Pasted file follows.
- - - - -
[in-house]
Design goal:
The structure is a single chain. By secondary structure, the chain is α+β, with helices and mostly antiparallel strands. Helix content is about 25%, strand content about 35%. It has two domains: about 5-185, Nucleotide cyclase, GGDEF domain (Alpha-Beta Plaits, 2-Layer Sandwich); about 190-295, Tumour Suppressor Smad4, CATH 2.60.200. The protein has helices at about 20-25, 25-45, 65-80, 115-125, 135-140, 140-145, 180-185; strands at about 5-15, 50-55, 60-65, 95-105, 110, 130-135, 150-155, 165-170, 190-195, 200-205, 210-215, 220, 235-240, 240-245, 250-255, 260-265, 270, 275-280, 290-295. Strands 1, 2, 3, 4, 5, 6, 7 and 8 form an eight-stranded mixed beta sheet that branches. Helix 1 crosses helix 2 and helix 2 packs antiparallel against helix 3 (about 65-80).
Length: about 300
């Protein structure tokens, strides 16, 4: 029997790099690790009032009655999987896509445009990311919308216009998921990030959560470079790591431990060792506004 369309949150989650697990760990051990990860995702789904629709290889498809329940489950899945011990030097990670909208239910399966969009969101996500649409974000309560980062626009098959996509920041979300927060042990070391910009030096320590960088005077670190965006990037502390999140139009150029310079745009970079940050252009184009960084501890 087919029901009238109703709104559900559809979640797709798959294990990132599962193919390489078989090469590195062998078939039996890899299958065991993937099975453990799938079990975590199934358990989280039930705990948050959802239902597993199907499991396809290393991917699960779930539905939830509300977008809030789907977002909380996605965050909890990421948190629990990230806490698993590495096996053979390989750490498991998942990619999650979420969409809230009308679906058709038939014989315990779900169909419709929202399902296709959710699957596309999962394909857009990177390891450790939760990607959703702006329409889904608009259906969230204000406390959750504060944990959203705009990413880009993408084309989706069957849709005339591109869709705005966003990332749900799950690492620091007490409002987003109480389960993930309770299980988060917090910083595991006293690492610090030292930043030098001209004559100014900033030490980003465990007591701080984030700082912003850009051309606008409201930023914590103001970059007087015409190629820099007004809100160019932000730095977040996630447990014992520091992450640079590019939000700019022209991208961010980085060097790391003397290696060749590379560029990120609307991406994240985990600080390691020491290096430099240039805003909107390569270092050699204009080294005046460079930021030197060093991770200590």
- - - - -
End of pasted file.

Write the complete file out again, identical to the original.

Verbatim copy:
[in-house]
Design goal:
The structure is a single chain. By secondary structure, the chain is α+β, with helices and mostly antiparallel strands. Helix content is about 25%, strand content about 35%. It has two domains: about 5-185, Nucleotide cyclase, GGDEF domain (Alpha-Beta Plaits, 2-Layer Sandwich); about 190-295, Tumour Suppressor Smad4, CATH 2.60.200. The protein has helices at about 20-25, 25-45, 65-80, 115-125, 135-140, 140-145, 180-185; strands at about 5-15, 50-55, 60-65, 95-105, 110, 130-135, 150-155, 165-170, 190-195, 200-205, 210-215, 220, 235-240, 240-245, 250-255, 260-265, 270, 275-280, 290-295. Strands 1, 2, 3, 4, 5, 6, 7 and 8 form an eight-stranded mixed beta sheet that branches. Helix 1 crosses helix 2 and helix 2 packs antiparallel against helix 3 (about 65-80).
Length: about 300
């Protein structure tokens, strides 16, 4: 029997790099690790009032009655999987896509445009990311919308216009998921990030959560470079790591431990060792506004 369309949150989650697990760990051990990860995702789904629709290889498809329940489950899945011990030097990670909208239910399966969009969101996500649409974000309560980062626009098959996509920041979300927060042990070391910009030096320590960088005077670190965006990037502390999140139009150029310079745009970079940050252009184009960084501890 087919029901009238109703709104559900559809979640797709798959294990990132599962193919390489078989090469590195062998078939039996890899299958065991993937099975453990799938079990975590199934358990989280039930705990948050959802239902597993199907499991396809290393991917699960779930539905939830509300977008809030789907977002909380996605965050909890990421948190629990990230806490698993590495096996053979390989750490498991998942990619999650979420969409809230009308679906058709038939014989315990779900169909419709929202399902296709959710699957596309999962394909857009990177390891450790939760990607959703702006329409889904608009259906969230204000406390959750504060944990959203705009990413880009993408084309989706069957849709005339591109869709705005966003990332749900799950690492620091007490409002987003109480389960993930309770299980988060917090910083595991006293690492610090030292930043030098001209004559100014900033030490980003465990007591701080984030700082912003850009051309606008409201930023914590103001970059007087015409190629820099007004809100160019932000730095977040996630447990014992520091992450640079590019939000700019022209991208961010980085060097790391003397290696060749590379560029990120609307991406994240985990600080390691020491290096430099240039805003909107390569270092050699204009080294005046460079930021030197060093991770200590």